Erling Haaland is scoring quite a few goals at the minute, if you haven’t noticed. And while we’d all love to have him in our six-a-side teams during the week, he’s Manchester City’s property for the foreseeable future.

When he first broke onto the scene, there was a lot of speculation about the then-unknown quantity. But as a self-confessed fan of English football with family ties in Leeds and Manchester, Three Lions supporters couldn’t help but think; what if?

Here’s what you need to know about Haaland’s international allegiances.

As he was born in Leeds, Haaland qualified to play for England. His father, Alfie, was playing in the Premier League for Leeds at the time – he would later join Manchester City himself – but the family moved to Bryne in Norway when he was three when Alfie retired.

However, he never had any intention of representing the Three Lions at international level, making his Norway Under-15s debut in 2015 and playing in every following age group before his senior bow in 2019.

With over 20 goals and caps apiece for Norway under his belt, Haaland is a key member of a promising Drillos squad.

A few clarifications and insertions were made to eligibility rules. It is now possible for players to switch nations even if they have represented one country in competitive action.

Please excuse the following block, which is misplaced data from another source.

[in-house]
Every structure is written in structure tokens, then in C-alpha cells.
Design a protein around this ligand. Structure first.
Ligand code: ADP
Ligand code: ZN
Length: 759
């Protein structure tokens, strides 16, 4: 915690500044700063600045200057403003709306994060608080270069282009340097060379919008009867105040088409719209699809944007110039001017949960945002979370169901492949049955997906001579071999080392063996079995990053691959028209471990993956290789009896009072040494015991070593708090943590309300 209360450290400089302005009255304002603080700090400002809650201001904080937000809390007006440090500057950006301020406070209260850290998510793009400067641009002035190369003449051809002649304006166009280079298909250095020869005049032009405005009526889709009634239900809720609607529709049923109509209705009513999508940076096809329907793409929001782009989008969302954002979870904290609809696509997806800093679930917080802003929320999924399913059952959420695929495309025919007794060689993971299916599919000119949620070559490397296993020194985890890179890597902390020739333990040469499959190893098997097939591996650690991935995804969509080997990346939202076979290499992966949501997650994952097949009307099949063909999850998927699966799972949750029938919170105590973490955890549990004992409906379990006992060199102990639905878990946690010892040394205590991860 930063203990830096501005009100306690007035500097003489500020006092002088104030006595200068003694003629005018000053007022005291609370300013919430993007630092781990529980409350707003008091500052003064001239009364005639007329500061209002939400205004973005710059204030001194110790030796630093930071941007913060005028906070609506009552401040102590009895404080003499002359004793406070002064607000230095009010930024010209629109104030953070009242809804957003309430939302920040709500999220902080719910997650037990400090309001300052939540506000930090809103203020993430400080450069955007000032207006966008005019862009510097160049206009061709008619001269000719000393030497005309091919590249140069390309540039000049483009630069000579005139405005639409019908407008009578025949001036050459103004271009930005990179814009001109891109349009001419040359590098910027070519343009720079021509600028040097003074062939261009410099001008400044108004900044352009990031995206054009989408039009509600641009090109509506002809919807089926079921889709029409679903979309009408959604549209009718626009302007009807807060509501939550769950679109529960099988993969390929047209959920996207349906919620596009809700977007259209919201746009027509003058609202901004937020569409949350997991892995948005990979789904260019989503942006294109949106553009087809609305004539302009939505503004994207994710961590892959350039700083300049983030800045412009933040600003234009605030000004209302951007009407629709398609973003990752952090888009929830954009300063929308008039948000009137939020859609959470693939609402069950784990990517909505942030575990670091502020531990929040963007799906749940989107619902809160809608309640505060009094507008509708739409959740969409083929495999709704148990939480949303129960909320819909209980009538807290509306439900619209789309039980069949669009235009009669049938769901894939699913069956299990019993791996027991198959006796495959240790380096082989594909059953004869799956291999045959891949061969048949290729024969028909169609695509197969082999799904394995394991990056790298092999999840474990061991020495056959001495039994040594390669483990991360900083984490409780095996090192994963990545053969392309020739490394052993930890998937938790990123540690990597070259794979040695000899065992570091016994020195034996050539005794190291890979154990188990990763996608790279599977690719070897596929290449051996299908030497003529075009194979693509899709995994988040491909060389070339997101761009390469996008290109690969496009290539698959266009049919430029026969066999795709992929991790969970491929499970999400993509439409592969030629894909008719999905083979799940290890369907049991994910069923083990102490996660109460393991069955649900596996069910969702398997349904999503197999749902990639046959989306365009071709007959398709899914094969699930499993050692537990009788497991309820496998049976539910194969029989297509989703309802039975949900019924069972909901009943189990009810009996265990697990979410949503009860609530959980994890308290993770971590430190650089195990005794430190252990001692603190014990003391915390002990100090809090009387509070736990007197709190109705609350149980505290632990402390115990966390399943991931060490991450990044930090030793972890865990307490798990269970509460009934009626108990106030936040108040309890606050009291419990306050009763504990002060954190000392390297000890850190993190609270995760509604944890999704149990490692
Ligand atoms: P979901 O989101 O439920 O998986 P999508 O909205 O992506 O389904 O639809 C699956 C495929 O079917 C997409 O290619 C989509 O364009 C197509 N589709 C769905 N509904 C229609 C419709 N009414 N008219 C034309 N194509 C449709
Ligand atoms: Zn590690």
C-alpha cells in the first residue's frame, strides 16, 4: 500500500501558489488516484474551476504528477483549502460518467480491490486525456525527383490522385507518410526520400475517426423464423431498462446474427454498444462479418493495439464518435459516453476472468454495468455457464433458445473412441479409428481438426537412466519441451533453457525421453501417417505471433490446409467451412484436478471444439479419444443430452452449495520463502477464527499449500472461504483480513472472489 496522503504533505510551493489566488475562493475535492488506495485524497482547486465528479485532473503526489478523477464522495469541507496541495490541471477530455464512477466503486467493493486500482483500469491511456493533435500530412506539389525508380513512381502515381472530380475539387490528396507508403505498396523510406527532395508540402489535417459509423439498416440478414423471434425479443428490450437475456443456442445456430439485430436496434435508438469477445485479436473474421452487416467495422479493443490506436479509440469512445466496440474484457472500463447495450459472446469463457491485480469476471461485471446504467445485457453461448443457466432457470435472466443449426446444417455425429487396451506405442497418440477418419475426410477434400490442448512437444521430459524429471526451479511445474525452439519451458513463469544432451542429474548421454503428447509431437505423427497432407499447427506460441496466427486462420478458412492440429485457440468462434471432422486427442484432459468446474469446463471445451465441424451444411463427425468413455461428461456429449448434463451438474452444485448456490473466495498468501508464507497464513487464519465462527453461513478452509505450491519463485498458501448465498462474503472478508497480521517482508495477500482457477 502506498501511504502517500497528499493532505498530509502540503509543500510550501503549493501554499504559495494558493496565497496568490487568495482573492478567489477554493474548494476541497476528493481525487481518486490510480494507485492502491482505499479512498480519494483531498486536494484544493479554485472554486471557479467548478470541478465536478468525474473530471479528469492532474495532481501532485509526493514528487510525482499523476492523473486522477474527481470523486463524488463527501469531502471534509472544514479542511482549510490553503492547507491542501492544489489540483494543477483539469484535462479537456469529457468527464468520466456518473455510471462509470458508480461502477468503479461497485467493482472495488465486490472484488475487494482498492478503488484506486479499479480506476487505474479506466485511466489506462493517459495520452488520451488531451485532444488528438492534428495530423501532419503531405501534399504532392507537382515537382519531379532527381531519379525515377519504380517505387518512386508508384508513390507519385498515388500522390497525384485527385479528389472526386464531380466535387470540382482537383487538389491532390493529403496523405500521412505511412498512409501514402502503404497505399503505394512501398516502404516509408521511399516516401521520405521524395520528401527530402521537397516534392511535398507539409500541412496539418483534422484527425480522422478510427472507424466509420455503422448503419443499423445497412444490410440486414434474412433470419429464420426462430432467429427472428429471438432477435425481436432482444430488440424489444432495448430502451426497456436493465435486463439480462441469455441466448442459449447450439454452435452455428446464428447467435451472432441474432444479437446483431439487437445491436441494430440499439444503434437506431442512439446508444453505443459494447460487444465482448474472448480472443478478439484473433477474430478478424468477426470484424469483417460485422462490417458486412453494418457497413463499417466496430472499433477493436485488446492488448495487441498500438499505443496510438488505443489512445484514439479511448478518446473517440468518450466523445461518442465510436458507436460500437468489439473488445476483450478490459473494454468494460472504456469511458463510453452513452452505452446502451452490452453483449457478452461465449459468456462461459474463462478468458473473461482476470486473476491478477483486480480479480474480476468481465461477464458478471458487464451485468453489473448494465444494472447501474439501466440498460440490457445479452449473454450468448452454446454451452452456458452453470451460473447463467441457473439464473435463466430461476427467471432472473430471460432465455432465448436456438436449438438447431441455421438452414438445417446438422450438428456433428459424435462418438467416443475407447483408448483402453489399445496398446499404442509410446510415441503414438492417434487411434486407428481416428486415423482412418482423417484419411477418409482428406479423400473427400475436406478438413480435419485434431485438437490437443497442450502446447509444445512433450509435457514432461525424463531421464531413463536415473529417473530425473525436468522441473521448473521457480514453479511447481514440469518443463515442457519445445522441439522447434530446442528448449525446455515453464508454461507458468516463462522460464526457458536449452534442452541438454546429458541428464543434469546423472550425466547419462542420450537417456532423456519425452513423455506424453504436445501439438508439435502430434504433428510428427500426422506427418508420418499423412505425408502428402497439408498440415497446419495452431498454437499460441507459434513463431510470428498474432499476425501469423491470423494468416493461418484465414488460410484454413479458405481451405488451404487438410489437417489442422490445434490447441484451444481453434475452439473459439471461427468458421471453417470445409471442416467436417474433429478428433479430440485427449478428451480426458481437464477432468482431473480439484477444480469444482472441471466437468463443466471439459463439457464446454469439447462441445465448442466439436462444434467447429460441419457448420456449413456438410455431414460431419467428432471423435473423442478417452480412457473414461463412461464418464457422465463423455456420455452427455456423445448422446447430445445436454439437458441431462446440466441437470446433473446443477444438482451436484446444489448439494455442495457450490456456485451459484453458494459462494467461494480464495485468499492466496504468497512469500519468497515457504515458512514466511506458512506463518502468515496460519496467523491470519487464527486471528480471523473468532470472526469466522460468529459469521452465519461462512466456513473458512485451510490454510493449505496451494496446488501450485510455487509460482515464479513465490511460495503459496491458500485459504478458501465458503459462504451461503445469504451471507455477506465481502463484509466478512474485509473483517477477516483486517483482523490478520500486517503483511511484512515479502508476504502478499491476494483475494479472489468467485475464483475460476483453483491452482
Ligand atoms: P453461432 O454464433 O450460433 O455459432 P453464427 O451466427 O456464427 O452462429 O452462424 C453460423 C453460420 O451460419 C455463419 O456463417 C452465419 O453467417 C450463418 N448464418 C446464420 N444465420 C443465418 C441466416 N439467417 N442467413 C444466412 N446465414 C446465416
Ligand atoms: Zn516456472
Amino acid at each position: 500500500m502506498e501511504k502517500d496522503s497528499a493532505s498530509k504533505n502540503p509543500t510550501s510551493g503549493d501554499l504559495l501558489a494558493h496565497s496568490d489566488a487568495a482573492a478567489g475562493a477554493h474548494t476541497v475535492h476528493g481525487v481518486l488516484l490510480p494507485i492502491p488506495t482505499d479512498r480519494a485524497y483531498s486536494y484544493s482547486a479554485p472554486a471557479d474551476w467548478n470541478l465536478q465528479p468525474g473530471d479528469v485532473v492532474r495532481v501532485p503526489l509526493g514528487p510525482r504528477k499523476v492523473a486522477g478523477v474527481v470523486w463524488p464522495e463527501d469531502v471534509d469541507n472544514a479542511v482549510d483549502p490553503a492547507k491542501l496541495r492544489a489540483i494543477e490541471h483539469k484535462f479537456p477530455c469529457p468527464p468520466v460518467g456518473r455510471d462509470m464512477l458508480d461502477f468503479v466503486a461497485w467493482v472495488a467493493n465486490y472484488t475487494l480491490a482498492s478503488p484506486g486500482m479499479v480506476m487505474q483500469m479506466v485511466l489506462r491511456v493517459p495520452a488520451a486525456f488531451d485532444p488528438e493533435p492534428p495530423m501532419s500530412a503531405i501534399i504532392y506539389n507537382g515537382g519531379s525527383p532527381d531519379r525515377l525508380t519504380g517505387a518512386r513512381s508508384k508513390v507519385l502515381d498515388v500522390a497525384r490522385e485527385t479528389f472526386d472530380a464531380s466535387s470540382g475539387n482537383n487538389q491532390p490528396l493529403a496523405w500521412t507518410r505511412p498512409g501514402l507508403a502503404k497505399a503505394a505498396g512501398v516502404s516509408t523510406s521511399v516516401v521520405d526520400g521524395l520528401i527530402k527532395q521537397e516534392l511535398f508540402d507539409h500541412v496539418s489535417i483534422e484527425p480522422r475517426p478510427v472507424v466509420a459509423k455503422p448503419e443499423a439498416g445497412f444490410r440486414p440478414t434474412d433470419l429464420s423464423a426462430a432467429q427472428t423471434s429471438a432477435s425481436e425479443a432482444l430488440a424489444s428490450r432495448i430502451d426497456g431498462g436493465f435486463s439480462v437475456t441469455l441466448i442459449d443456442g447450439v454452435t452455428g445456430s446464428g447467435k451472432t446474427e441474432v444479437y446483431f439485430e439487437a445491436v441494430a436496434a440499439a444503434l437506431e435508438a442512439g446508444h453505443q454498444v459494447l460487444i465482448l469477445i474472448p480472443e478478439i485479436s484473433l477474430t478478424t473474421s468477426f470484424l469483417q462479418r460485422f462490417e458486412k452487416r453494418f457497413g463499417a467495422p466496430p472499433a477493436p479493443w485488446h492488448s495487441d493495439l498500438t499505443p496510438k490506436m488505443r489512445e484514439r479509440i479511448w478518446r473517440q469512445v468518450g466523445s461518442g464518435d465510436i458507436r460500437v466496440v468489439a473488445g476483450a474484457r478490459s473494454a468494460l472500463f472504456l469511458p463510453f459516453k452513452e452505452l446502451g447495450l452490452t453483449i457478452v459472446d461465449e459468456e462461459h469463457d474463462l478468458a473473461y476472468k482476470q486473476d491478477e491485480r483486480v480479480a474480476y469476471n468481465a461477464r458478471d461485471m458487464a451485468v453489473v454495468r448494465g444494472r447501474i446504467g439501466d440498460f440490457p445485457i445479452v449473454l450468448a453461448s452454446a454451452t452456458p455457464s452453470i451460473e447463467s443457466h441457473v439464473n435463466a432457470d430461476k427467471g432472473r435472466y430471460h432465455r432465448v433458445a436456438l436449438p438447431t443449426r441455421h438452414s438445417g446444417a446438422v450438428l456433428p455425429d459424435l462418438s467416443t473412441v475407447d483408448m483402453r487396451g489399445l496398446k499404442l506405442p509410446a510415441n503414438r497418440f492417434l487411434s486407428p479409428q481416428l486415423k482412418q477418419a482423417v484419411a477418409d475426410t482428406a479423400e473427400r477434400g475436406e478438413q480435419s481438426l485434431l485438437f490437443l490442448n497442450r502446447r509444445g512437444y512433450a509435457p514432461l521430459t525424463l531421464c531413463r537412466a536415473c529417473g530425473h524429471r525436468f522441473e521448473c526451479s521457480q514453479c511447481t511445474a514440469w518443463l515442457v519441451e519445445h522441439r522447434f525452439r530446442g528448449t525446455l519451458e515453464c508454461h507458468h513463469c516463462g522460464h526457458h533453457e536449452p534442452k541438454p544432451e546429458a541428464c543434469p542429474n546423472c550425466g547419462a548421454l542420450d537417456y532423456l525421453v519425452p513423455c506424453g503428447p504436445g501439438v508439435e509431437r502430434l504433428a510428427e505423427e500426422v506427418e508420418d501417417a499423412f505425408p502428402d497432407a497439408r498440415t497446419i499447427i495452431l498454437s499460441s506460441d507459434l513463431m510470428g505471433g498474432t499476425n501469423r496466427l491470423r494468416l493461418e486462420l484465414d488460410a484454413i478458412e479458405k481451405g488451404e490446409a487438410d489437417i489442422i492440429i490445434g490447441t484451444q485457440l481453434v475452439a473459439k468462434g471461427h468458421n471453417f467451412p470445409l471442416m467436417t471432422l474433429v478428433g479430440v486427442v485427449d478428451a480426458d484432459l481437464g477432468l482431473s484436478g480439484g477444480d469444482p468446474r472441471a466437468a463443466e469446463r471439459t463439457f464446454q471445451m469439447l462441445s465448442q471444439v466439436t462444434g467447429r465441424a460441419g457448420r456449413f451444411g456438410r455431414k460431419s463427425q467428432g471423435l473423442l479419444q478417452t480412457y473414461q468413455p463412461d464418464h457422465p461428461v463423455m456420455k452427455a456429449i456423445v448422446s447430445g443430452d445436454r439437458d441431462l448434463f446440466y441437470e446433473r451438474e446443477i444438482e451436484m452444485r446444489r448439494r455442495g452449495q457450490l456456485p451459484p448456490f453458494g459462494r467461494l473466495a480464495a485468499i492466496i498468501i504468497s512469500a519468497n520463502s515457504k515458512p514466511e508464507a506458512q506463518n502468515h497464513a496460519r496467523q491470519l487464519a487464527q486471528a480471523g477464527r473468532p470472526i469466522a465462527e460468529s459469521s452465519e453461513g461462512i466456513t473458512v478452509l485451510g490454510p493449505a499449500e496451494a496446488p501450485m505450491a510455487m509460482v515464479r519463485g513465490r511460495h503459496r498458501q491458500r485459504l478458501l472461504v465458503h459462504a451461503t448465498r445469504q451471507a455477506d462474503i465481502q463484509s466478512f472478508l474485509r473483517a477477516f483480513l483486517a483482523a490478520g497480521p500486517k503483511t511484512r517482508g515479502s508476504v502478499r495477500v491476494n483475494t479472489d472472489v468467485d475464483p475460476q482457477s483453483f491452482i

However, the following criteria must be met:

  1. The player held the nationality of their new association at the time of their first official appearance for their first national team.
  2. The player played in no more than three competitive senior games before the age of 21.
  3. The player has not played in the final stage of an official tournament such as the World Cup, European Championship, Copa America etc.
  4. At least three years have passed since the player’s last senior appearance for their previous national team.

Unfortunately for anyone hoping to see Haaland link up with Harry Kane for England, it’s not a goer.

Speaking at the FIFA Football Law Annual Review in March 2021, president Gianni Infantino explained: “We have amended the eligibility rules for national teams because it is important in a globalised world where players maybe have two or three different nationalities that they are given the opportunity to choose their country or to change – if certain strict conditions are met.

“We needed to address situations of particular hardship and that is what made us go in that direction.”


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